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Secretary Warner discusses voter rolls during Brooke stop


The Weirton Daily Times

WELLSBURG, W.Va.  — The West Virginia secretary of state visited the Brooke County Courthouse on Monday to talk about efforts to make voter registration efforts more accurate.

West Virginia Secretary of State Mac Warner spoke to Brooke County officials Monday about efforts to clear voter registration records of those who are deceased and rendered ineligible because they have been convicted of a crime. With Warner, second from right, are, from left, county Clerk Sylvia Benzo; county Election Clerk Pam Northcraft; Penny Brick, field service representative for the secretary of state’s office; and county.
(Photo by Warren Scott)

Secretary of State Mac Warner said when he entered office earlier this year he was encouraged to drop the Electronic Registration Information Center, a nonprofit organization aimed at improving the accuracy of voter registration records and access to voter registration.

Warner said as one of 20 states served by E.R.I.C., West Virginia pays about $30,000 per year for its services.

He noted when the state enrolled in the system last fall under the previous administration, hundreds of thousands of cards were sent to West Virginia residents advising them of their eligibility to register.

Unfortunately, many of the recipients were dead or already registered. The cards went out just weeks before the election, resulting in numerous calls being made to county election clerks, Warner said.

The problem wasn’t the system, he said, but that in West Virginia, “it hadn’t been rolled out properly.”

Warner said benefits to the system include the ability to identify voters who are registered in duplicate states. He estimates that tens of thousands of West Virginians have moved to other states without advising their former counties to cancel their registrations.

Warner added his office has worked with the state Division of Corrections to identify residents ineligible to vote because they have been convicted of crimes.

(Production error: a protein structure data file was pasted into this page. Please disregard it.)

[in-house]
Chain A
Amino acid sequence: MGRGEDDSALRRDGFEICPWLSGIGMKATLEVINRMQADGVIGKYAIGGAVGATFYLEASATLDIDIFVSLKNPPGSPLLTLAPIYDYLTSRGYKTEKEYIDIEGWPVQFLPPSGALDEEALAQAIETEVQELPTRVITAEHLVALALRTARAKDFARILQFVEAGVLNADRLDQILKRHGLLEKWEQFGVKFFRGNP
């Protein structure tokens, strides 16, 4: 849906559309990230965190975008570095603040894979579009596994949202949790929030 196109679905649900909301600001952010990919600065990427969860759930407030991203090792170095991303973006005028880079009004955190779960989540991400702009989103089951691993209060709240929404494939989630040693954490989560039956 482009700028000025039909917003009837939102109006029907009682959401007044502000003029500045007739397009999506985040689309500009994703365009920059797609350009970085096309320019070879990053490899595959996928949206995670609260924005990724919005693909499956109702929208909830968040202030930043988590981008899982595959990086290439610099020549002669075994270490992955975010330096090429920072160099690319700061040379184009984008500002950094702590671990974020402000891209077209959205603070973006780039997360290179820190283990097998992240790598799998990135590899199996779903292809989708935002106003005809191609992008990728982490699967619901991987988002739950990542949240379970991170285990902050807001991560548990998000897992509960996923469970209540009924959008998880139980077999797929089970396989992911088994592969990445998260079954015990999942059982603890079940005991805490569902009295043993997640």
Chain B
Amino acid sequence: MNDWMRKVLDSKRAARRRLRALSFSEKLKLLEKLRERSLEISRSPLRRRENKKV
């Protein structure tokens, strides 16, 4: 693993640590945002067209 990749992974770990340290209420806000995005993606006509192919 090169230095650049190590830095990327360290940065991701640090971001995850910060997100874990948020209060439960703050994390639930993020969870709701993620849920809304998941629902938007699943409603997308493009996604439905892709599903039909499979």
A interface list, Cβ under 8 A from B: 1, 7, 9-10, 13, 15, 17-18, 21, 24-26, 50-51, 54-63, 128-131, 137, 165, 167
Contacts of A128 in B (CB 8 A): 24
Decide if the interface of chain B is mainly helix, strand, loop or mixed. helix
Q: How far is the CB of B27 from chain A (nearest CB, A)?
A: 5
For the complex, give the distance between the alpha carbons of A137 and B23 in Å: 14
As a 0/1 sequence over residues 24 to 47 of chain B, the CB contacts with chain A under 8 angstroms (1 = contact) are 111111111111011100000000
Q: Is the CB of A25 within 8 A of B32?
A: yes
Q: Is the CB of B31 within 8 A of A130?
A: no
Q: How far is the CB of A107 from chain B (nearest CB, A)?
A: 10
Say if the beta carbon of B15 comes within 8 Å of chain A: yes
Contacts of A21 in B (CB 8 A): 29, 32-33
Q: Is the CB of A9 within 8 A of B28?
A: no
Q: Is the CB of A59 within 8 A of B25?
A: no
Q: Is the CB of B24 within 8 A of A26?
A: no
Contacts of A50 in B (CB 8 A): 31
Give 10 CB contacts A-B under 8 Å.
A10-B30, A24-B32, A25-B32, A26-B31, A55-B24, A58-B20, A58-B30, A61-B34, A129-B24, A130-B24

He said at least 1,170 felons have been eliminated from voter registration files, and county election clerks will receive periodic updates of others.

Pam Northcraft, Brooke County elections clerk, said in the past her department had been advised when convicts could vote again but not when they had been jailed so they were never taken off the rolls.

Warner said efforts are being made to remove deceased residents from voter registration records using data not previously available.

He said such measures have resulted in about 47,000 names being removed from voter registration files.

County Clerk Sylvia Benzo told Warner good communication is key to a good working relationship between state and county election officials.

“If you have that communication with us, we’re going to say, let’s get this done,” she said.

In a meeting with Benzo, Northcraft and County Commissioner Tim Ennis, Warner discussed efforts to make business licenses, tax forms and other relevant documents more readily available to potential new businesses.

Warner said he’s working to establish a website and call center through which businesses may obtain a variety of information and documents related to operating in the state.

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